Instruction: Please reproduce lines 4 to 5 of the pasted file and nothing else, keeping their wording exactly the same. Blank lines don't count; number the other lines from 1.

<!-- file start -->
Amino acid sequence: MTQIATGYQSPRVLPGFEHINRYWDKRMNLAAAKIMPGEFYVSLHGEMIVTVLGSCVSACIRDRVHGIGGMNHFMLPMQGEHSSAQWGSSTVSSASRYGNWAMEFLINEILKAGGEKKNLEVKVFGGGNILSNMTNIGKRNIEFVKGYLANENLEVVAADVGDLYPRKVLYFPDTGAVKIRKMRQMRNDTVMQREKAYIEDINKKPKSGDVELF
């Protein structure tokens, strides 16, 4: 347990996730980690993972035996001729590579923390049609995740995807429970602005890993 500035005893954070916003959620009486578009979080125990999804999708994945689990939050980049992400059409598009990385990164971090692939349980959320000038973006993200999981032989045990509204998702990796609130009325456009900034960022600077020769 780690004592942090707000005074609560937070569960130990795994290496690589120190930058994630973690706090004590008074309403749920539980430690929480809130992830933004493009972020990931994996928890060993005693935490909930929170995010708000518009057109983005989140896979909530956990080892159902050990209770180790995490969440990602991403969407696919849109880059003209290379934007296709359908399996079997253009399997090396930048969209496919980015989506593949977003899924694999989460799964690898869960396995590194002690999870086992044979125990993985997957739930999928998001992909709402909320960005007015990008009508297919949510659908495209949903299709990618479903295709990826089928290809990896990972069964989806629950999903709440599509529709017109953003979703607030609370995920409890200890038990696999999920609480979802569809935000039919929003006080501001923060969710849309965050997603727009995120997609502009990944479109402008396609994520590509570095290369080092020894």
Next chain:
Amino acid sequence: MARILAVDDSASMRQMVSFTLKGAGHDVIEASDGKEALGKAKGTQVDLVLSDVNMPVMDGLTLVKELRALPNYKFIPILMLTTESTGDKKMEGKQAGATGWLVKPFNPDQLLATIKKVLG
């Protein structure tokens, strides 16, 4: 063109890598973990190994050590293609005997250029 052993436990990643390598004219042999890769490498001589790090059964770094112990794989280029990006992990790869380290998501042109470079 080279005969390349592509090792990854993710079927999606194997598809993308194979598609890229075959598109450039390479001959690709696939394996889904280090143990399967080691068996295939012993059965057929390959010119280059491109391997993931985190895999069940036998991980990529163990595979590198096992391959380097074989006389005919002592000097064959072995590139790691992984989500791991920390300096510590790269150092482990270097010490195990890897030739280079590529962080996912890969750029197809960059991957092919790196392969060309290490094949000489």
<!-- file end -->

Amino acid sequence: MARILAVDDSASMRQMVSFTLKGAGHDVIEASDGKEALGKAKGTQVDLVLSDVNMPVMDGLTLVKELRALPNYKFIPILMLTTESTGDKKMEGKQAGATGWLVKPFNPDQLLATIKKVLG
């Protein structure tokens, strides 16, 4: 063109890598973990190994050590293609005997250029 052993436990990643390598004219042999890769490498001589790090059964770094112990794989280029990006992990790869380290998501042109470079 080279005969390349592509090792990854993710079927999606194997598809993308194979598609890229075959598109450039390479001959690709696939394996889904280090143990399967080691068996295939012993059965057929390959010119280059491109391997993931985190895999069940036998991980990529163990595979590198096992391959380097074989006389005919002592000097064959072995590139790691992984989500791991920390300096510590790269150092482990270097010490195990890897030739280079590529962080996912890969750029197809960059991957092919790196392969060309290490094949000489």